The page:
Sunday, March 18, 2007

Deep Storm - Lincoln Child



Deep Storm
Lincoln Child
Doubleday

Thriller

Storm King is an oil-drilling platform located roughly 40 miles south of Greenland, in the North Atlantic. When Peter Crane, a doctor, formerly a Naval officer, arrives at the rig, he gets a surprise. His real destination is Deep Storm; a research facility located some 2 miles under the surface of the ocean, underneath a beyond-cutting-edge domed structure. During his initial videoconference with Howard Asher, the chief scientist on Deep Storm, Crane learns that he’s there to diagnose and treat a growing group of individuals. The symptoms they display are divers and non-specific; anything from fatigue and loss of concentration to what look like strokes in otherwise healthy patients.

In short order, Crane learns that Deep Storm is a drilling operation, looking to uncover Atlantis and all of its secrets. The whole operation is taking place under a shroud of secrecy. But there seems to be more than secrecy going on in Deep Storm. The scientists are almost outnumbered by armed military personnel who guard The Barrier, the hatch that leads to the lower, classified decks of the facility. While trying to discover the source of his patients’ escalating illnesses, Crane comes to believe that what lies under Deep Storm is not Atlantis, but something far more dangerous.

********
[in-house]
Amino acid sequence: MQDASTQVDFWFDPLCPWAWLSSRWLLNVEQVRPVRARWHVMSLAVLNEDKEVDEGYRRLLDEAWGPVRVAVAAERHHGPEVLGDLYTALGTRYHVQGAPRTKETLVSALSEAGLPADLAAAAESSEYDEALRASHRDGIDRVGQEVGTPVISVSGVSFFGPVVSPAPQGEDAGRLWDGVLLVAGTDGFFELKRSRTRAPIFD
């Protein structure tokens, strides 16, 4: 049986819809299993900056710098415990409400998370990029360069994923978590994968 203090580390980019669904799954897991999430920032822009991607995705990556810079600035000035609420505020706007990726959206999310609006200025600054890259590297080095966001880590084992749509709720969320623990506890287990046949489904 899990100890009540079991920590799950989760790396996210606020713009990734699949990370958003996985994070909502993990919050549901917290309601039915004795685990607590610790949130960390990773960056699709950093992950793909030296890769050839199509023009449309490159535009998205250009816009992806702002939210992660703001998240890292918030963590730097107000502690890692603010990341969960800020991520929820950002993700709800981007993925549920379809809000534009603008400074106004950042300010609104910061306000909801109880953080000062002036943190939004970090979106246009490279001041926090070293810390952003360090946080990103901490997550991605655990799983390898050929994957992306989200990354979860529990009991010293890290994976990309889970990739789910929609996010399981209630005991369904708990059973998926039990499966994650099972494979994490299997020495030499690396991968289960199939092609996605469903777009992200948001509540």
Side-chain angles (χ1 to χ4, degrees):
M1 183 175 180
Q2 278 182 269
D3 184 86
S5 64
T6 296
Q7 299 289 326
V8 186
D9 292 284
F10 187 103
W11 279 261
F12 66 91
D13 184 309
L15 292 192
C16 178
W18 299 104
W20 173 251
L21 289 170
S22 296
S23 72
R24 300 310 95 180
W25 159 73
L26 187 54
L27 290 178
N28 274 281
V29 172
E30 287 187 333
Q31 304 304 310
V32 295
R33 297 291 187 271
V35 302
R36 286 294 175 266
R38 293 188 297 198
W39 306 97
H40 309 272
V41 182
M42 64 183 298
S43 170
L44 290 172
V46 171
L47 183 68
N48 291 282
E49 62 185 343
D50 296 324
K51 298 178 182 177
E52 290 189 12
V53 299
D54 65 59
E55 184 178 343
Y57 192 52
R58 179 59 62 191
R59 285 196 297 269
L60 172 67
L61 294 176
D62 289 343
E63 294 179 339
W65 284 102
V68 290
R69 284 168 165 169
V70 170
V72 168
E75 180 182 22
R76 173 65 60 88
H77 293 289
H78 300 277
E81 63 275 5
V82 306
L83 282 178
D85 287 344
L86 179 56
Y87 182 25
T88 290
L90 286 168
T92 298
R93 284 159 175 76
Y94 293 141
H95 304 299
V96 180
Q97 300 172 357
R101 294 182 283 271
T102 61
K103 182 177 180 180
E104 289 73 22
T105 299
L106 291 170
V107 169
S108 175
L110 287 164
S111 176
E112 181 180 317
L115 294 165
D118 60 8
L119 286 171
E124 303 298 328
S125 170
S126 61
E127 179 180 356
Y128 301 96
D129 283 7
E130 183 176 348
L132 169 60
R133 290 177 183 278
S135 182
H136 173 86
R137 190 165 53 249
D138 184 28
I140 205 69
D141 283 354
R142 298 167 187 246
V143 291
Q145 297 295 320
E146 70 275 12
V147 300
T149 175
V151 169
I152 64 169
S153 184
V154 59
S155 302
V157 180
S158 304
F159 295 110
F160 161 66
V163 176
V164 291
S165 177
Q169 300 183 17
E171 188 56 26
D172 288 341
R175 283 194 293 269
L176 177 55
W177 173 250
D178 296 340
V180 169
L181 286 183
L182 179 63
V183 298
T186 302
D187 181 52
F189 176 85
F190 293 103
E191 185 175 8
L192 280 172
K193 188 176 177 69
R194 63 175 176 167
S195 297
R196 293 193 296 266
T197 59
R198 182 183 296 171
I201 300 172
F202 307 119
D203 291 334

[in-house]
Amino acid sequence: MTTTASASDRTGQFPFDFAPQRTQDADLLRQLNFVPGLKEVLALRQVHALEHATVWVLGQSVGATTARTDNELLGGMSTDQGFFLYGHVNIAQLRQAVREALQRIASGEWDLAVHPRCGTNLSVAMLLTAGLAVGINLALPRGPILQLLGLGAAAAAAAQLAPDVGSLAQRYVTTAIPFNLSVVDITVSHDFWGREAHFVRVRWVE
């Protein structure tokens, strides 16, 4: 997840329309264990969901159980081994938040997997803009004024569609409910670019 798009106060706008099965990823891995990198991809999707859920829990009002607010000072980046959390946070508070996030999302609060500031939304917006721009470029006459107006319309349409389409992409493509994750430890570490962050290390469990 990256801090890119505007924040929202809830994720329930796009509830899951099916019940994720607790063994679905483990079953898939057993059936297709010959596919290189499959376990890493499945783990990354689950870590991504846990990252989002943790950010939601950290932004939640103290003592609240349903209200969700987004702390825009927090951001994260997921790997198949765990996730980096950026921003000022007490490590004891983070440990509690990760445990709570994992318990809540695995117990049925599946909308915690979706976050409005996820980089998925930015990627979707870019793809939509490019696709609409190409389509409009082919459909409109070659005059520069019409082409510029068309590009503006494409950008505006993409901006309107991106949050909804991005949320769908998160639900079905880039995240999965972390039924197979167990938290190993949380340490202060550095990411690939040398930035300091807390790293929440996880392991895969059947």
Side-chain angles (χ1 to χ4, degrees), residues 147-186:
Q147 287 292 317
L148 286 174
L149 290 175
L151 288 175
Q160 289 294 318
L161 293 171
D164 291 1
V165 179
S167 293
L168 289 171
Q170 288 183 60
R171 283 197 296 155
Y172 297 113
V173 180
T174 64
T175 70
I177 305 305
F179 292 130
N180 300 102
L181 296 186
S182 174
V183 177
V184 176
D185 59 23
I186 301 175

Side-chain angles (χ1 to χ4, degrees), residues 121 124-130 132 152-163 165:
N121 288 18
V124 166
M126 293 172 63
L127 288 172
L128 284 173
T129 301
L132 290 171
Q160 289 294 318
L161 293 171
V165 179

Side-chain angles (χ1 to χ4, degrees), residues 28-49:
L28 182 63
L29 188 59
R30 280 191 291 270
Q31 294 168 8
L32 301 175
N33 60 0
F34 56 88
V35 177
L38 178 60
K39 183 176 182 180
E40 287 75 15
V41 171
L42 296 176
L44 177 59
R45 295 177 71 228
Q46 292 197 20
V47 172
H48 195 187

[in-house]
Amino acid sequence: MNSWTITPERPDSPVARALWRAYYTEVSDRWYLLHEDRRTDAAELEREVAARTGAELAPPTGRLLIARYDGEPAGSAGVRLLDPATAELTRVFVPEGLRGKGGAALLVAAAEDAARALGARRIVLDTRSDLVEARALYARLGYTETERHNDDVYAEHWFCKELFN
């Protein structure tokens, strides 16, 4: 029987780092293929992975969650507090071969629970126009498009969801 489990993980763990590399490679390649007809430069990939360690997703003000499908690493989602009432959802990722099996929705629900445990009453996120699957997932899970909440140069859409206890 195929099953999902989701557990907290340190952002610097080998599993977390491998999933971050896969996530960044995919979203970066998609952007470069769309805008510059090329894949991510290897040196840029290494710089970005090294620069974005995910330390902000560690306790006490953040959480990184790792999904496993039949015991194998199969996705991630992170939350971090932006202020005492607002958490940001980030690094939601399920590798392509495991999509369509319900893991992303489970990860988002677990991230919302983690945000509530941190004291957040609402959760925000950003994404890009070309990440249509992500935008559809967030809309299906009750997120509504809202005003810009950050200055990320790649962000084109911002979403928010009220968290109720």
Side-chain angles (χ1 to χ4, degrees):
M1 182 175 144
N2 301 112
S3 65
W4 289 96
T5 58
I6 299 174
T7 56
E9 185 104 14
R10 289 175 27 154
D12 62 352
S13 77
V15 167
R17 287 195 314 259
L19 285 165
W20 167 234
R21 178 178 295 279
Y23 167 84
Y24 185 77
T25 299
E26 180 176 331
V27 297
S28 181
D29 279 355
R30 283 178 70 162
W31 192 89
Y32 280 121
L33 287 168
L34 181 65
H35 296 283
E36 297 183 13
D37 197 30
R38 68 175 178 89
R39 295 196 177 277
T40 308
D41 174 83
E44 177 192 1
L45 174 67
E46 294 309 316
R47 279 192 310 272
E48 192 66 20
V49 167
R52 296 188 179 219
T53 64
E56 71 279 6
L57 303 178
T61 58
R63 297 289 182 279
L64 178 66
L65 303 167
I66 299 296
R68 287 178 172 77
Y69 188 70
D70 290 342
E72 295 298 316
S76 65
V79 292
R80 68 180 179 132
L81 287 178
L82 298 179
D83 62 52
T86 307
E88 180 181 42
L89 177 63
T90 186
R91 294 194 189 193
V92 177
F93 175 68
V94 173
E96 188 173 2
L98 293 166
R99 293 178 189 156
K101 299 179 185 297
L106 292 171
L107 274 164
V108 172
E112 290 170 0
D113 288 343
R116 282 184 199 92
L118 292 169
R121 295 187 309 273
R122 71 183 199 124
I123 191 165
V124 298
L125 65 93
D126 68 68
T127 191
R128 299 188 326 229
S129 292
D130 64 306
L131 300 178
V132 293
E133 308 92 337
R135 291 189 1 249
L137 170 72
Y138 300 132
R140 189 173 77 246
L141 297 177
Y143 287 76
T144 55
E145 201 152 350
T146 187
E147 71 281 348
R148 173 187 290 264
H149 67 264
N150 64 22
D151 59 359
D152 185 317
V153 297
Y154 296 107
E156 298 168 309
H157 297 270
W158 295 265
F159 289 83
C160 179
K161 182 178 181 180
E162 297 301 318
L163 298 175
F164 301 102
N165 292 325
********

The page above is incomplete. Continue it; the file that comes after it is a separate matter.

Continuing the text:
DEEP STORM is an intelligent thriller, filled with intrigue and action. Crane is a very believable everyman hero. Not Superman, not James Bond, he’s able to use his smarts, his background, and his instincts in various situations. The rest of the characters are all given realistic backgrounds and motives. There’s some incredibly sharp characterization with tertiary characters, as they display the symptoms of the mysterious illness; the author is able to make the reader care about these people within a few paragraphs. The pace is very quick, with action sequences nicely balanced by discussions and discoveries. And the author does readers the much-appreciated favor of actually showing us what’s under the facility. There’s no ‘you’ll have to imagine it’ cop-out that so often frustrates. There’s even an interesting twist at the tail end, making this story engrossing from first page to last.

Rating: 8 ½
February 2007
ISBN# 978-0-385-51550-4 (hardcover)

0 Comments:

Post a Comment

Links to this post:

Create a Link

<< Home